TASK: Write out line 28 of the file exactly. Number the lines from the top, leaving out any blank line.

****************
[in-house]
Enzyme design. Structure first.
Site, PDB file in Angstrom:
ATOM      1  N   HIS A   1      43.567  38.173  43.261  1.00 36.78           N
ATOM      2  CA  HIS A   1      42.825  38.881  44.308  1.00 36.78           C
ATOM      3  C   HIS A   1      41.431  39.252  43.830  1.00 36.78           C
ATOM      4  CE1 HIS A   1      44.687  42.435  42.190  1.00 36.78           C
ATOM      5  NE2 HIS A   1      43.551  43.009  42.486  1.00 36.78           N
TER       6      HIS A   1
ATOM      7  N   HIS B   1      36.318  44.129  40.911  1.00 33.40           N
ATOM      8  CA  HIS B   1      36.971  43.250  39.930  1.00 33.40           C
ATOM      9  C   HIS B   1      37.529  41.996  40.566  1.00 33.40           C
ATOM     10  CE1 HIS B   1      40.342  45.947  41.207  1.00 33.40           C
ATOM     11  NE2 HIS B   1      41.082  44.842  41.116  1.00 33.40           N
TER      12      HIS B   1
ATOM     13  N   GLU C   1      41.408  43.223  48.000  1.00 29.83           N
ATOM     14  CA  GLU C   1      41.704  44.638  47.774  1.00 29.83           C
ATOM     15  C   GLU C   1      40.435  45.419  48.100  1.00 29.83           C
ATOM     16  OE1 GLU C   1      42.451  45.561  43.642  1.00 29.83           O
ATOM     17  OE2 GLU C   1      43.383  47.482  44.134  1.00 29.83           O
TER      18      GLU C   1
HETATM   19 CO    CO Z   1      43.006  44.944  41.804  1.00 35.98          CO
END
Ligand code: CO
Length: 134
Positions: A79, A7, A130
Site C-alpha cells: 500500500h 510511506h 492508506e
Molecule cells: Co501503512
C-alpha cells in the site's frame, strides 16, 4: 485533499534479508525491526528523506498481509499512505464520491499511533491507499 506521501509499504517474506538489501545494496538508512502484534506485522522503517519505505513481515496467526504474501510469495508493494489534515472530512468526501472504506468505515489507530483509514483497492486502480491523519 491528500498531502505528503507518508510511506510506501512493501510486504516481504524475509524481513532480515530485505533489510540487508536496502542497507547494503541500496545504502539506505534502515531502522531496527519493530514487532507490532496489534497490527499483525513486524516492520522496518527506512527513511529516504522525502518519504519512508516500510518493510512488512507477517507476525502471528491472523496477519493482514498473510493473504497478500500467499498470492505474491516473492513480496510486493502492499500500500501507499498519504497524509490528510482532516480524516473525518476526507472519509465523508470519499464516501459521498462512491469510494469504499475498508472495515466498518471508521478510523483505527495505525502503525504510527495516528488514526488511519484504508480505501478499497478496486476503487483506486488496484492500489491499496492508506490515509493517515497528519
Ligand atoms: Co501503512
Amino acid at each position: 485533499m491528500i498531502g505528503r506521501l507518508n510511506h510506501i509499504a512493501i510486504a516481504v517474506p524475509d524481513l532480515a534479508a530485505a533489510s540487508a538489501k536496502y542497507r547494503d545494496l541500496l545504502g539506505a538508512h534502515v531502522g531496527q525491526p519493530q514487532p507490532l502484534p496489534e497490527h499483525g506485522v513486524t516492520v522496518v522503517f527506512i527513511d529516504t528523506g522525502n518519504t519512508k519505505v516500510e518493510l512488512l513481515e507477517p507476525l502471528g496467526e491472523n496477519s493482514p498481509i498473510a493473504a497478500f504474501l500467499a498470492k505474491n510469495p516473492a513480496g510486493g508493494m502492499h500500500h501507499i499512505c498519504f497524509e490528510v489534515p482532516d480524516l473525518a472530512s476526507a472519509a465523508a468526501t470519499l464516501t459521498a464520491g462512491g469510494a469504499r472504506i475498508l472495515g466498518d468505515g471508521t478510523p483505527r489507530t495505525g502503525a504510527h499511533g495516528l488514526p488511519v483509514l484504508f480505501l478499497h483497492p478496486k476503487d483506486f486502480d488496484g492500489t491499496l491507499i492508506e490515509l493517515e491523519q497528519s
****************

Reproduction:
Molecule cells: Co501503512